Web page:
Rare variety of beryl

Red beryl (ˈred bɛrəl red-BERR-al), formerly known as bixbite and marketed as red emerald or scarlet emerald, is an extremely rare variety of beryl as well as one of the rarest minerals on Earth.[1][2][3]: 19  The gem gets its red color from manganese ions embedded inside of beryllium aluminium cyclosilicate crystals.[1] The color of red beryl is stable up to 1000 degrees. Red Beryl can come in various tints like strawberry, bright ruby, cherry, and orange.[4]

The largest crystals of red beryl are about 2 cm (0.79 in) wide and 5 cm (2.0 in) long. However, most crystals are under 1 cm (0.39 in) long.[1] Recently, the red variety of Pezzottaite has been sold in markets as red beryl by some sellers.[5]

Deposits and rarity

Red beryl was discovered in 1904 by Maynard Bixby in the Wah Wah mountains in Utah.[6] In 1912 the gem was named bixbite by Alfred Eppler after Maynard Bixby.[7] The old synonym "bixbite" is deprecated, since it can cause confusion with the mineral bixbyite.[8]

The greatest concentration of gem-grade red beryl comes from the Ruby-Violet Claim in the Wah Wah Mountains of mid-western Utah, discovered in 1958 by Lamar Hodges, of Fillmore, Utah, while he was prospecting for uranium.[9]

Red beryl is very rare and has been reported only from a handful of locations: Wah Wah Mountains, Paramount Canyon, Round Mountain and Juab County.[10][11] This gem is also a thousand times more rare than gold.[7]

According to the Utah Geological Survey they estimated that one red beryl is found for every 150,000 diamonds.[1] According to Gemmological Association of Great Britain a 2 carat red beryl has the same rarity as a 40 carat diamond.[12]

Red beryl is said to be roughly the same price or more valuable than emerald[11] although it is a hundred times rarer than emerald. Its rarity has made it less popular but red beryl crystals that are over 1 carat can sell for US$ 20,000.[3]: 123  In 2008, one carat can sell for US$5000 or more.[3]: 19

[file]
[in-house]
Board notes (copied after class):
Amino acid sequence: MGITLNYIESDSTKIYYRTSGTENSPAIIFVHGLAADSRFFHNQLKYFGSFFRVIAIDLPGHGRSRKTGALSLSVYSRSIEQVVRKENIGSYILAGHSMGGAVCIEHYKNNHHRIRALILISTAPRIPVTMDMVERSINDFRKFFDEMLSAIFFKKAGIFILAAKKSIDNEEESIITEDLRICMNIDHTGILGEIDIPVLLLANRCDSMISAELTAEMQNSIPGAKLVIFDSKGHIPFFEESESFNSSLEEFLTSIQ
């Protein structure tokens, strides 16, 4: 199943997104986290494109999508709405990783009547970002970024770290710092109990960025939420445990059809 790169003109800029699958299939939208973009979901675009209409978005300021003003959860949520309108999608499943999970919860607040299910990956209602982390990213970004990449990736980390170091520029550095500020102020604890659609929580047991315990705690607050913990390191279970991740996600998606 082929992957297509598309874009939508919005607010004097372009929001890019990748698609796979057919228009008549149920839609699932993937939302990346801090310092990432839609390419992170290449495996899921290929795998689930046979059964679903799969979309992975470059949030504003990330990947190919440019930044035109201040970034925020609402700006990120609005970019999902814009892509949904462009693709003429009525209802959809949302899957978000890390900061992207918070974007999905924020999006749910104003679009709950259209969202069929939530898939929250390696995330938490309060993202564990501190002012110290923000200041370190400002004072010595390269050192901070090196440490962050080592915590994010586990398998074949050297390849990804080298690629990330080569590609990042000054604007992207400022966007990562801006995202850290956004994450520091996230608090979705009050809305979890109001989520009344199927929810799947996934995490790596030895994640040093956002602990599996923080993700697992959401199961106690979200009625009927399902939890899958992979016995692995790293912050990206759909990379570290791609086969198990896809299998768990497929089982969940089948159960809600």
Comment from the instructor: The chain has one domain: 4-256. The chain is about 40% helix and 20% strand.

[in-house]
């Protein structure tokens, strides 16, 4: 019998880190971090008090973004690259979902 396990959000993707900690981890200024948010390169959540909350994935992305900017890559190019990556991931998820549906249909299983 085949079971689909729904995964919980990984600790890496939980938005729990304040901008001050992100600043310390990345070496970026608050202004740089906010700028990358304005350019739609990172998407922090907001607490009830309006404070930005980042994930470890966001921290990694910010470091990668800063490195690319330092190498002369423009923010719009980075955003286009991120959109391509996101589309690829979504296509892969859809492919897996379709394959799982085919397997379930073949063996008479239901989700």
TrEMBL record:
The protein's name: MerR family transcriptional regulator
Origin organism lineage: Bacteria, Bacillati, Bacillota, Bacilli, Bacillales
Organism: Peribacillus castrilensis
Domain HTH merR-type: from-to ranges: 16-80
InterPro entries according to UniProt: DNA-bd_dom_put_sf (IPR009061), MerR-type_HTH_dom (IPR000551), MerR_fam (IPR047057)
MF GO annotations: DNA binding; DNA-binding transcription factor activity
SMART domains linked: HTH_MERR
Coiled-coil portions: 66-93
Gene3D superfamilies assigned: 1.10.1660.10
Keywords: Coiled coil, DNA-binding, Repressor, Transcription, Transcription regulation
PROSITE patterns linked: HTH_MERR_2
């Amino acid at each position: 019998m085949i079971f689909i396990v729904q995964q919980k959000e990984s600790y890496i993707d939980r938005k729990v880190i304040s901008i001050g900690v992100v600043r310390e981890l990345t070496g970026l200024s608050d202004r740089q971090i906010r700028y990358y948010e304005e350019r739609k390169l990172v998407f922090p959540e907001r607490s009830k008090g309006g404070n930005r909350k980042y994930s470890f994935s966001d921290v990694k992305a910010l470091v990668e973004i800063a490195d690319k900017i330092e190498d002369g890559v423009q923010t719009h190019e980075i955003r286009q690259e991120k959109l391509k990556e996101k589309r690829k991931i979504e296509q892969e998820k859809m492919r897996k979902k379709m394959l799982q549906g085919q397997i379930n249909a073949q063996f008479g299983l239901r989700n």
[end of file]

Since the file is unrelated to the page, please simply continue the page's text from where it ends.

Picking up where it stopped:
Charactistics

Red beryl rough crystals can be easily distinguished by hexagonal crystal systems. This gem has been known to be confused with pezzottaite, a caesium analog of beryl, that has been found in Madagascar and more recently Afghanistan; cut gems of the two varieties can be distinguished from their difference in refractive index.[13] Like emerald and unlike most other varieties of beryl, red beryl is usually highly included.

Red beryl has inclusions like feathers and fractures. Some mineral inclusions include quartz, feldspar, hematite, and bixbyite.[12]

Formation

While gem beryls are ordinarily found in pegmatites and certain metamorphic rock, red beryl forms in topaz-bearing rhyolites.[14] It is formed by crystallizing under low pressure and high temperature from a pneumatolytic phase along fractures or within near-surface miarolitic cavities of the rhyolite. Associated minerals include bixbyite, quartz, orthoclase, topaz, spessartine, pseudobrookite and hematite.[15] The dark red color is attributed to Mn3+ ions.[16] Synthetic red beryl is also produced.[13]

References

  1. ^ a b c d "Red Beryl: One of the World's rarest gemstones - mined in Utah". geology.com. Retrieved 2021-08-30.
  2. ^ 16 CFR 23.26
  3. ^ a b c Grande, Lance; Augustyn, Allison (2009-11-15). Gems and Gemstones: Timeless Natural Beauty of the Mineral World. University of Chicago Press. ISBN 978-0-226-30511-0.
  4. ^ "Red Beryl gemstone information". www.gemdat.org. Retrieved 2021-09-21.
  5. ^ "Bixbite (Red Beryl)". National Gem Lab. 2017-03-04. Retrieved 2021-09-21.
  6. ^ "Red Beryl Value, Price, and Jewelry Information - Gem Society". International Gem Society. Retrieved 2021-09-01.
  7. ^ a b "Glad You Asked: What gemstone is found in Utah that is rarer than diamond and more valuable than gold? – Utah Geological Survey". Retrieved 2021-09-04.
  8. ^ "The Mineral Beryl". Minerals.net. Archived from the original on 28 August 2017. Retrieved 28 August 2017.
  9. ^ "Red Emerald History". RedEmerald.com. Archived from the original on 3 December 2007. Retrieved 21 November 2007.
  10. ^ "Red Beryl". www.mindat.org. Archived from the original on 3 December 2013.
  11. ^ a b Oldershaw, Cally (2003). Firefly Guide to Gems. Firefly Books. p. 129. ISBN 978-1-55297-814-6.
  12. ^ a b DGA, Rona Bierrum FGA. "Understanding Red Beryl". The Gemmological Association of Great Britain. Retrieved 2021-09-21.
  13. ^ a b "Bixbite". The Gemstone List. Archived from the original on 12 March 2016.
  14. ^ "Red beryl value, price, and jewelry information". International Gem Society. Archived from the original on 28 August 2017. Retrieved 28 August 2017.
  15. ^ Ege, Carl (September 2002). "What gemstone is found in Utah that is rarer than diamond and more valuable than gold?". Survey Notes. Vol. 34, no. 3. Archived from the original on 8 November 2010. Retrieved 2 July 2011.
  16. ^ "Color in the beryl group". Mineral Spectroscopy Server. minerals.caltech.edu. California Institute of Technology. Archived from the original on 22 August 2011. Retrieved 6 June 2009.